LATHROP – It doesn’t take Frankie Cebreros more than a second to tell you what he wants to do with his life.
With his closely cropped hair and no-nonsense attitude, the soon-to-be Joshua Cowell eighth-grader has long harbored ambitions about pursuing a career in law enforcement, and for the past three years he’s been participating in Lathrop Police Services’ Junior Police Academy – getting an inside look at a job he plans on pursing after a stint in the United States Navy.
It’s a chance to develop the tools, he says, that will help him as he works his way towards high school and keeps his eyes firmly fixed on his goals.
“What I like about being a part of this is that it teaches skills that we can use outside of here like leadership,” said Cebreros, who was promoted to Platoon Leader this year. “It gives everybody who participates a chance to get to know the officers, and I think that’s really important.”
On Friday, less than eight hours away from the graduation ceremony, the nearly two dozen participants listened intently to Lathrop Police Sergeant Wayne Orvick give a lecture about the dangers of playing on or around trains – using pictures in a Powerpoint display to hammer the point home.
By combining in-class instruction with hands-on activities, organizers like School Resource Officer Val Cardoza get the chance to both educate the students who might want to pursue law enforcement as a career while at the same time captivating the minds of those who are on the fence.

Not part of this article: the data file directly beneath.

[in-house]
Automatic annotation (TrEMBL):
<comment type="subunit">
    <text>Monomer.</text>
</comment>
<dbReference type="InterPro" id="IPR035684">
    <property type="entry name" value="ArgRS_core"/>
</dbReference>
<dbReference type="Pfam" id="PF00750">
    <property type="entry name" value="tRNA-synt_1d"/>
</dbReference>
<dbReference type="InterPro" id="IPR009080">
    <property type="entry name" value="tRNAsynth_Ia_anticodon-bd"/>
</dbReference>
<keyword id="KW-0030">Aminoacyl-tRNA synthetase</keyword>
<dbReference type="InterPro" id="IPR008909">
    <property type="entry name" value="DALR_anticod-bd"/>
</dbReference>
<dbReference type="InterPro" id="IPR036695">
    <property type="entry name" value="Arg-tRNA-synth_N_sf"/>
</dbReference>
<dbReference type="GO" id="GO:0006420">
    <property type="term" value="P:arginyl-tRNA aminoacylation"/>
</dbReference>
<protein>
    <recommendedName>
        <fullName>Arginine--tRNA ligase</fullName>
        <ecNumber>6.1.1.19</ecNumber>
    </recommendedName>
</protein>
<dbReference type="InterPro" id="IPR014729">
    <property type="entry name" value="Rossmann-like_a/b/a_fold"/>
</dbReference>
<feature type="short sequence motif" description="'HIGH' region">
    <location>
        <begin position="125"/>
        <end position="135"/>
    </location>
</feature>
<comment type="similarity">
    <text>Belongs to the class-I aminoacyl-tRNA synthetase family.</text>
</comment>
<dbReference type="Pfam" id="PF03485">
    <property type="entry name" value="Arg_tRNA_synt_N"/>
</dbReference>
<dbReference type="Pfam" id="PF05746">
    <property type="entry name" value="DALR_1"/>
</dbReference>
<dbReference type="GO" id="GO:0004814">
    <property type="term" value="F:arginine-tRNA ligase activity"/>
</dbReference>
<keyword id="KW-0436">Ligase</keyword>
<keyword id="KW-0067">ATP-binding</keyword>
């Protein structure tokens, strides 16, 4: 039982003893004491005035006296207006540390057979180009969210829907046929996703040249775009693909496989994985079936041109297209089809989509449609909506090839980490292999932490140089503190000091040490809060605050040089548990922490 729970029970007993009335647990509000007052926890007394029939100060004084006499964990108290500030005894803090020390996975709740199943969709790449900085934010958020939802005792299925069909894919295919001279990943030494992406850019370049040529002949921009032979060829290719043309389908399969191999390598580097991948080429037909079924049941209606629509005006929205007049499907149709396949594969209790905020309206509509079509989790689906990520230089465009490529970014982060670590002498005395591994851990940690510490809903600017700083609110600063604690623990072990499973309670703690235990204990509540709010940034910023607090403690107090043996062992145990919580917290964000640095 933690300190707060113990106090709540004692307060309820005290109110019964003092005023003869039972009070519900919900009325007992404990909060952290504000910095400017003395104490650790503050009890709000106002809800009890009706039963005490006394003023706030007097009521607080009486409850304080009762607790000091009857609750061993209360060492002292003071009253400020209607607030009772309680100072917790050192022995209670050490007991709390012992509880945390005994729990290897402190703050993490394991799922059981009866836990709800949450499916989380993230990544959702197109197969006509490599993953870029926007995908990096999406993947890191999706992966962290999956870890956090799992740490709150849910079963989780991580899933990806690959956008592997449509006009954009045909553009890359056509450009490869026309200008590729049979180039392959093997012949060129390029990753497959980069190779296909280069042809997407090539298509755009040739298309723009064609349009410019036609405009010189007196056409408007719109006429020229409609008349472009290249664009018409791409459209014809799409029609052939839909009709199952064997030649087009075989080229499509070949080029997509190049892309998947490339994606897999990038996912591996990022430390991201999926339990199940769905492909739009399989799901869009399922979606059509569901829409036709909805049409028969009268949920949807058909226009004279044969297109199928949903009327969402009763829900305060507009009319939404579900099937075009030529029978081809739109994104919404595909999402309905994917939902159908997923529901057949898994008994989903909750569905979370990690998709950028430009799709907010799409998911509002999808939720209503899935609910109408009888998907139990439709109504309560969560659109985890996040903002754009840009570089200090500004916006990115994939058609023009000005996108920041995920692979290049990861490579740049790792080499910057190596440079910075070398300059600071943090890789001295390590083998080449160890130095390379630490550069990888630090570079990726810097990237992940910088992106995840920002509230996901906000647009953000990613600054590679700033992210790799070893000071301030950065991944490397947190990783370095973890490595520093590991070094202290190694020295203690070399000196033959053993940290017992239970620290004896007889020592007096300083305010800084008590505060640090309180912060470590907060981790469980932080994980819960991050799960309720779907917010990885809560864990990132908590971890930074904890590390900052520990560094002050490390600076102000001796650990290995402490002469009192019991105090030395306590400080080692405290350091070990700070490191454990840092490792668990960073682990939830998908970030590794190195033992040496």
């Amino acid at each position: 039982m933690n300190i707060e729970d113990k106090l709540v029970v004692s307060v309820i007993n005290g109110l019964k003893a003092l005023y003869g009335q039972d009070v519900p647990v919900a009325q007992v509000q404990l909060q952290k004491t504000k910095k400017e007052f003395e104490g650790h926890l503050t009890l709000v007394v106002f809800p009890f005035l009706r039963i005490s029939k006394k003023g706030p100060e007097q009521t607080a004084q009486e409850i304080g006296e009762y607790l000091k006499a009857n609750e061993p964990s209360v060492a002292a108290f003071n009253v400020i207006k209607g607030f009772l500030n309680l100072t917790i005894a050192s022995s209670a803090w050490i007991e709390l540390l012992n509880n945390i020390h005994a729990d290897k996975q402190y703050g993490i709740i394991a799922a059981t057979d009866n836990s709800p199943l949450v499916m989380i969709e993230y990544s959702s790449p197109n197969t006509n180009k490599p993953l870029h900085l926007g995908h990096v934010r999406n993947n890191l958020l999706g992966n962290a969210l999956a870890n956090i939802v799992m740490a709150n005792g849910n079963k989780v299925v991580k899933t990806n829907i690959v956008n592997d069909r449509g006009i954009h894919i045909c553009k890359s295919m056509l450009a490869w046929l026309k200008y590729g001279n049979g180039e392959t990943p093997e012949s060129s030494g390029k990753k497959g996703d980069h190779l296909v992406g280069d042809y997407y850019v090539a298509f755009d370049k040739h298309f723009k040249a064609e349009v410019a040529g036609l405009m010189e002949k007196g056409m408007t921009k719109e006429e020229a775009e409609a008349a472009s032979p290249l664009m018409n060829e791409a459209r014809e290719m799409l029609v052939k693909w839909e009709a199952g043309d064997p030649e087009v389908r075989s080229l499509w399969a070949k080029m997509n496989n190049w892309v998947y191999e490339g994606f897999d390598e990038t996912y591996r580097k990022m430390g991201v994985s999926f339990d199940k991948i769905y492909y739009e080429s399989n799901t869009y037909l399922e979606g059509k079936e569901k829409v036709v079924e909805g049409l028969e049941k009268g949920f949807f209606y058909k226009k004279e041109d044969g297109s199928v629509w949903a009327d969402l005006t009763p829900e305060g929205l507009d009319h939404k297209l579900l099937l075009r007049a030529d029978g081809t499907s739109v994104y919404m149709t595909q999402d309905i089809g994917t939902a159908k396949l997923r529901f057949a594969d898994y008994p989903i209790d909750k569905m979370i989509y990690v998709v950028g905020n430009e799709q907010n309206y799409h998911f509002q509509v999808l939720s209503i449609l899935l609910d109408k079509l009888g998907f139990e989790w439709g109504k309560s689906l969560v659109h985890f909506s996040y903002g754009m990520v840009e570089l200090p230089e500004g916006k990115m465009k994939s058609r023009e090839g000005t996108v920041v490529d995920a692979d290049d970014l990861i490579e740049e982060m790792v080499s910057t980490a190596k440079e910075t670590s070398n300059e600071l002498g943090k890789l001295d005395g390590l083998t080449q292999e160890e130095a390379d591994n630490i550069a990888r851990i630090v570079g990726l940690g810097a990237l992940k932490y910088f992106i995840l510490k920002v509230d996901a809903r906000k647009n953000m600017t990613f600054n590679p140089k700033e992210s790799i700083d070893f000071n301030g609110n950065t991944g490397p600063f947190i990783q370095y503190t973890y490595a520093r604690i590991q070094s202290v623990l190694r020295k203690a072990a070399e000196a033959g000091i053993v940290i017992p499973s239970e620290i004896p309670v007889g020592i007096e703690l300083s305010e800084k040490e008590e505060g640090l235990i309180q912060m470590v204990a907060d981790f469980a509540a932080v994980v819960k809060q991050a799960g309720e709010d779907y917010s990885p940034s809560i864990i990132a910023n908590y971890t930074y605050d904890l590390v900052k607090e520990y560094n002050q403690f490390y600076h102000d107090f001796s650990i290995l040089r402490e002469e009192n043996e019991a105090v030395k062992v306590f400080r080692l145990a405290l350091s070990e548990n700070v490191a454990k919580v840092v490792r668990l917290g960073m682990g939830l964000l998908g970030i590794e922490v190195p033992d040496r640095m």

“It does build a relationship between the officers and the kids, and it teaches them leadership skills like teamwork and self-discipline that they can utilize when they go back to school,” Cardoza said. “It’s pretty neat to see students coming back year-after-year, knowing that they had such a good time when they came through the first time. They learn how to open up and be able to share things, and it’s great to be able to see that.”
According to Orvick, the students that are participating in the program are at the age when they begin to form opinions about entities such as the police, and by allowing them to get to know the officers they’re able to put a face to the uniform rather than just assume that all police officers are just the same.
“One good thing about this program is that it helps kids that have an interest in law enforcement learn more about it,” Orvick said. “The other thing is that humanizes the officers. We have some kids that only see us when we’re coming in to arrest mom and dad, and other kids that don’t ever see us at all. If we can turn some of those negatives into positives, then we’ve done a good thing.”
The next two-week-long junior police academy session will run from July 11 through July 22. The cost is $20 per child, and includes a t-shirt. Parents can sign their kids up by visiting Lathrop Police Services, located at 15597 7th Street in Lathrop, or by calling 858-5551.